Composite 11, ‘State Education, Free Schools, Academies and Privatisation’ called for ‘a high profile campaign to advance the cause of state education and to oppose privatisation’.

This should ‘ensure that state funded schools and associated land and assets are publicly owned and managed in trust for the public.’
Mover Chris Keates, NASUWT General Secretary, said: ‘The Education Secretary Gove pledged to end the public monopoly of education.’

She added: ‘Swingeing cuts have been made to local education budgets.’

She said that academies are being promoted through ‘bribery and bullying’ and ‘are nothing to do with raising standards’.

She stressed: ‘No mandate was given for academies and free schools which are about lining the pockets of business.’

She continued: ‘We must oppose the education bill with the same vigour as the health bill. We must do everything we can to fight this pernicious education bill.’

Seconding the motion, NUT President Nina Franklin declared: ‘Free schools are a huge attack, they take away community schools’ capacity. Free schools also have an enormous effect on funding, they disrupt what is happening locally.

‘They affect our pay and conditions and do not even need to have qualified teachers.’

She warned: ‘The education bill undermines Local Authorities’ roles. They lead to massive inequality and division. In my local area, Bristol, the free school led to the closure of the local comprehensive school.’

She concluded by calling on delegates to defend the right to education.

Speaking in support ATL president Alice Robinson said that academies and free schools ‘are a dash for cash’.

She added: ‘It is a shameful situation that academies have been openly supported y the leader of the Labour Party.’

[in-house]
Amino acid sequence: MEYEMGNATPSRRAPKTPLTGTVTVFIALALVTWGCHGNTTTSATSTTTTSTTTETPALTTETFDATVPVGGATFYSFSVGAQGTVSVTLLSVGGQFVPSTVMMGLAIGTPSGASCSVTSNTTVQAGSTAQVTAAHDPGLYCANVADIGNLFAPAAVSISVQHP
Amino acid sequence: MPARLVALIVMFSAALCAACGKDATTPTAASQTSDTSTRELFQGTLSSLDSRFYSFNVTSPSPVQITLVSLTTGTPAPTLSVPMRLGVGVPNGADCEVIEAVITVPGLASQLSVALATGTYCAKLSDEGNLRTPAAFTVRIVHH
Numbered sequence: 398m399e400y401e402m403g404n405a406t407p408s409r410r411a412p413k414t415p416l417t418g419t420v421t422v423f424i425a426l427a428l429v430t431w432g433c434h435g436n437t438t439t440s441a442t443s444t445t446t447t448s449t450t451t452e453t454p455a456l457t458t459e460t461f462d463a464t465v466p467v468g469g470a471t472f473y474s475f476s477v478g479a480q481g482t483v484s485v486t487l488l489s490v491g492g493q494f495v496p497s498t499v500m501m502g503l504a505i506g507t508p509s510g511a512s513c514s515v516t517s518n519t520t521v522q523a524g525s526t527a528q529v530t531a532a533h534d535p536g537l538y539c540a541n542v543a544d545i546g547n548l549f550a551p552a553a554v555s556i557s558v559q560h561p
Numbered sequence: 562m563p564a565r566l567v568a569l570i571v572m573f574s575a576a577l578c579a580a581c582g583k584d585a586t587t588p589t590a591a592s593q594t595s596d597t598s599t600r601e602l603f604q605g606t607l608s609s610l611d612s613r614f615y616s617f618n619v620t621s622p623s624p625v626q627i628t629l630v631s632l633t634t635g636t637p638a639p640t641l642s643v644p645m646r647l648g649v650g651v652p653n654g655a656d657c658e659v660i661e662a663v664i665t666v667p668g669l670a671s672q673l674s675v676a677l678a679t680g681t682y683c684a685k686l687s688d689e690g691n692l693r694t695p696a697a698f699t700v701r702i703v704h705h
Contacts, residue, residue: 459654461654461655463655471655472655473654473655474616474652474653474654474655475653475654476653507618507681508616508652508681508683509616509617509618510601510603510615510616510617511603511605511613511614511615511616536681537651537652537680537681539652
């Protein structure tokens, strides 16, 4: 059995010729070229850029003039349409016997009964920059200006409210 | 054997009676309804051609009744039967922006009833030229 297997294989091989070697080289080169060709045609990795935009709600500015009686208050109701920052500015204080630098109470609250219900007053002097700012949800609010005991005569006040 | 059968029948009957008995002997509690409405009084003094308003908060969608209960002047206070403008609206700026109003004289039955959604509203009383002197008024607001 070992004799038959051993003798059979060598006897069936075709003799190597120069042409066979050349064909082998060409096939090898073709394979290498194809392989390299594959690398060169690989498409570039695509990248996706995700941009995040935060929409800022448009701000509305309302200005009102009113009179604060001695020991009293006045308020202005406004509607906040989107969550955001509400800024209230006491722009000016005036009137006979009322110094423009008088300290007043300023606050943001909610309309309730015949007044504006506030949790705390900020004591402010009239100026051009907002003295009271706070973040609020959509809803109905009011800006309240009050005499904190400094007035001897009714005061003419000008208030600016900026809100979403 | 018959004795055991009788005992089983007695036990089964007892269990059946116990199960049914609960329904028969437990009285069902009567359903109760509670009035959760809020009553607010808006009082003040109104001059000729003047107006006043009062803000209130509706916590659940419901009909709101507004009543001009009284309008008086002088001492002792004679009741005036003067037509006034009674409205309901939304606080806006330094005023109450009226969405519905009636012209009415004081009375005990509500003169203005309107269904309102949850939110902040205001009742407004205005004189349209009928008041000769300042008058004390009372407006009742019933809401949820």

She warned: ‘There is massive investment in free schools when local authority budgets are shrinking’ and told conference that the proposed free school in Oldham is planning its curriculum for ‘literacy, numeracy and discipline.

‘We should not be surprised by Michael Gove’s support for privatisation.’

She concluded: ‘Mr Ed, I am appalled at your statements this morning.’

UCU delegate Mark Campbell said: ‘UCU believes in free, democratically accountable state education for all.

‘Free education should not end at 16. Adult education, further education and university should be free.’

He said that free schools should be called ‘a free market experiment’.

He condemned the removal of EMA, cuts in ESOL and £9,000 tuition fees, ‘it is taking the chance of a future from working class children’.

He warned: ‘Now they are talking about introducing for-profit private universities, using our money to fund these.’

He concluded by saying: ‘Millions of us will be on strike with our students in November. We win by taking this government on.’

Richard Evans of the Society of Radiographers told conference: ‘We should all be fighting for state education. There is overwhelming public support for state education and it is up to us to defend it.’

Alison Shepherd of Unison said: ‘Support the defence of state education.

‘Education belongs to all of us, we want to see change but within the framework of the state education system.’